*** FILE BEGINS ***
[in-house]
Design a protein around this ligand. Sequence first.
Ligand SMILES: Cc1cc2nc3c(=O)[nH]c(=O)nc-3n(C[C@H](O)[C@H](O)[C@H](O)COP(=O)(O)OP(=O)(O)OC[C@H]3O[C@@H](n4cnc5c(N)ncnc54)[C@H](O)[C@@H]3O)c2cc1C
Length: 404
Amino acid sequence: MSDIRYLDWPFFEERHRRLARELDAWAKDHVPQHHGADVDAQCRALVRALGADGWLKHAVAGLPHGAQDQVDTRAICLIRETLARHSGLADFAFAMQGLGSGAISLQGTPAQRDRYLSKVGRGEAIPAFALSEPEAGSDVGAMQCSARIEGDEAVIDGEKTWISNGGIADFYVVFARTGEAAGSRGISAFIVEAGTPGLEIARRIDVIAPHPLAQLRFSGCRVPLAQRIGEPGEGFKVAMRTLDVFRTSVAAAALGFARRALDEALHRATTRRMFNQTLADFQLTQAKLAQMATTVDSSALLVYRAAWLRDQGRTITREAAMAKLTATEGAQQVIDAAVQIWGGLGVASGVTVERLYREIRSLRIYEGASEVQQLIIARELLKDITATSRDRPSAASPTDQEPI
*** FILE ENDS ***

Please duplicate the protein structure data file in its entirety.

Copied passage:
[in-house]
Design a protein around this ligand. Sequence first.
Ligand SMILES: Cc1cc2nc3c(=O)[nH]c(=O)nc-3n(C[C@H](O)[C@H](O)[C@H](O)COP(=O)(O)OP(=O)(O)OC[C@H]3O[C@@H](n4cnc5c(N)ncnc54)[C@H](O)[C@@H]3O)c2cc1C
Length: 404
Amino acid sequence: MSDIRYLDWPFFEERHRRLARELDAWAKDHVPQHHGADVDAQCRALVRALGADGWLKHAVAGLPHGAQDQVDTRAICLIRETLARHSGLADFAFAMQGLGSGAISLQGTPAQRDRYLSKVGRGEAIPAFALSEPEAGSDVGAMQCSARIEGDEAVIDGEKTWISNGGIADFYVVFARTGEAAGSRGISAFIVEAGTPGLEIARRIDVIAPHPLAQLRFSGCRVPLAQRIGEPGEGFKVAMRTLDVFRTSVAAAALGFARRALDEALHRATTRRMFNQTLADFQLTQAKLAQMATTVDSSALLVYRAAWLRDQGRTITREAAMAKLTATEGAQQVIDAAVQIWGGLGVASGVTVERLYREIRSLRIYEGASEVQQLIIARELLKDITATSRDRPSAASPTDQEPI